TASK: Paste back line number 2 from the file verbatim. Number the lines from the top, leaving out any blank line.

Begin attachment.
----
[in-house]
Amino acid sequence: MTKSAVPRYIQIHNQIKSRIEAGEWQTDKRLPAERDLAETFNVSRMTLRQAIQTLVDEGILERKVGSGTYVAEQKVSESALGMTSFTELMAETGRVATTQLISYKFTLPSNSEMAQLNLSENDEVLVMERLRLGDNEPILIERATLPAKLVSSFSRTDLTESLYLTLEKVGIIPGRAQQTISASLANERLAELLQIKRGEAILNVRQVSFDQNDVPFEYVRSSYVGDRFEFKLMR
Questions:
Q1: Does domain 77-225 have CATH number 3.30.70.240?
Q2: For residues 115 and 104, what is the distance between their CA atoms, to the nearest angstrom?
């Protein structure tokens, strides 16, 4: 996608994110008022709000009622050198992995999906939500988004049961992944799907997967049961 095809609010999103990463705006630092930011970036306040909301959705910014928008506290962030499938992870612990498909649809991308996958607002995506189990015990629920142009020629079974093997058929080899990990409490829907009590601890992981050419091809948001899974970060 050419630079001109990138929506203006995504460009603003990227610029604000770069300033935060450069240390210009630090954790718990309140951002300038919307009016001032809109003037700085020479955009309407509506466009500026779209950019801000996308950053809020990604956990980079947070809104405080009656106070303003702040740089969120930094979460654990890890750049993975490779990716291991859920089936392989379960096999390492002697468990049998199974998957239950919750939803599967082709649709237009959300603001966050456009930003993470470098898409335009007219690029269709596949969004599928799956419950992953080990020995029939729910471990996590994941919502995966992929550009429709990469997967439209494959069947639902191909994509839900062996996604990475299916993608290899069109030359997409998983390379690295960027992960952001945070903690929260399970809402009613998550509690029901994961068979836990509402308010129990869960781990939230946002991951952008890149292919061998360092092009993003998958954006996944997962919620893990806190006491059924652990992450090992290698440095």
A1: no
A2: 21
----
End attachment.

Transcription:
Amino acid sequence: MTKSAVPRYIQIHNQIKSRIEAGEWQTDKRLPAERDLAETFNVSRMTLRQAIQTLVDEGILERKVGSGTYVAEQKVSESALGMTSFTELMAETGRVATTQLISYKFTLPSNSEMAQLNLSENDEVLVMERLRLGDNEPILIERATLPAKLVSSFSRTDLTESLYLTLEKVGIIPGRAQQTISASLANERLAELLQIKRGEAILNVRQVSFDQNDVPFEYVRSSYVGDRFEFKLMR